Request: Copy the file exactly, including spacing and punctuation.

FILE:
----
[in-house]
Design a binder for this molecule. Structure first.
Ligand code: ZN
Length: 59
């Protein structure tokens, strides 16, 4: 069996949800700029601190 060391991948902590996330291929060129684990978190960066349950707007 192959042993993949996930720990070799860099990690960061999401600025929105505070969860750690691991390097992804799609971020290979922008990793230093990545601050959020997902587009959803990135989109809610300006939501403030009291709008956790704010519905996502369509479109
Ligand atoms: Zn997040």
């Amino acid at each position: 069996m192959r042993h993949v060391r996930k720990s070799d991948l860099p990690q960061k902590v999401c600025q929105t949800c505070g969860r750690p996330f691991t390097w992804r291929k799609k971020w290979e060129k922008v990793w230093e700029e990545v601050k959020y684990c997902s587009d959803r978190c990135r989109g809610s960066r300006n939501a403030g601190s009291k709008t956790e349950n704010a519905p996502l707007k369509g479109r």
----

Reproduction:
[in-house]
Design a binder for this molecule. Structure first.
Ligand code: ZN
Length: 59
């Protein structure tokens, strides 16, 4: 069996949800700029601190 060391991948902590996330291929060129684990978190960066349950707007 192959042993993949996930720990070799860099990690960061999401600025929105505070969860750690691991390097992804799609971020290979922008990793230093990545601050959020997902587009959803990135989109809610300006939501403030009291709008956790704010519905996502369509479109
Ligand atoms: Zn997040």
């Amino acid at each position: 069996m192959r042993h993949v060391r996930k720990s070799d991948l860099p990690q960061k902590v999401c600025q929105t949800c505070g969860r750690p996330f691991t390097w992804r291929k799609k971020w290979e060129k922008v990793w230093e700029e990545v601050k959020y684990c997902s587009d959803r978190c990135r989109g809610s960066r300006n939501a403030g601190s009291k709008t956790e349950n704010a519905p996502l707007k369509g479109r």